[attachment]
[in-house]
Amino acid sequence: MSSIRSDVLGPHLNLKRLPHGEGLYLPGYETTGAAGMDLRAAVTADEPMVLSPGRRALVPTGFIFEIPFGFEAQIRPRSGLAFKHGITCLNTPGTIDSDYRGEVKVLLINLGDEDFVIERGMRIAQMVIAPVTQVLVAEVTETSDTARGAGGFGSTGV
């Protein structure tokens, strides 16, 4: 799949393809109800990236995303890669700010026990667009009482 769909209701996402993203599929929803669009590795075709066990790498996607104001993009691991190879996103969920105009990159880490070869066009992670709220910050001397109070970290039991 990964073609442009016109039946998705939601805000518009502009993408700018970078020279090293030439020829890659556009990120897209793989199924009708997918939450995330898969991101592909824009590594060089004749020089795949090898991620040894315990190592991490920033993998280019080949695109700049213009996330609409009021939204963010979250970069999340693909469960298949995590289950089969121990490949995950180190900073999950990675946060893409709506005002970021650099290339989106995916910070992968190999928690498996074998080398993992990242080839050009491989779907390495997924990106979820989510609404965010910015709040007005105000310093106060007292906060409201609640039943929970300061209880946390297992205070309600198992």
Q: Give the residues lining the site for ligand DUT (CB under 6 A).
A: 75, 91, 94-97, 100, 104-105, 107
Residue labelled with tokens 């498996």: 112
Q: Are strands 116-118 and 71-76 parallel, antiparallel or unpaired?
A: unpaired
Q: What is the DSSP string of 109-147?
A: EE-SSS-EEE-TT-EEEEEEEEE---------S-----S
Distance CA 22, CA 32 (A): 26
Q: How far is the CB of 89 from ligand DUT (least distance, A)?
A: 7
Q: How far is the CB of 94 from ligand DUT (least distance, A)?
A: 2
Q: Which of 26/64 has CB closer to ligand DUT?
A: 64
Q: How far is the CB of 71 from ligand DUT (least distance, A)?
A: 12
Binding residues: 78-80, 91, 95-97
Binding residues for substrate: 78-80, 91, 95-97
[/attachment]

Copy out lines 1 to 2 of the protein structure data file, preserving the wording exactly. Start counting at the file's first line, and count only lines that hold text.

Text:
[in-house]
Amino acid sequence: MSSIRSDVLGPHLNLKRLPHGEGLYLPGYETTGAAGMDLRAAVTADEPMVLSPGRRALVPTGFIFEIPFGFEAQIRPRSGLAFKHGITCLNTPGTIDSDYRGEVKVLLINLGDEDFVIERGMRIAQMVIAPVTQVLVAEVTETSDTARGAGGFGSTGV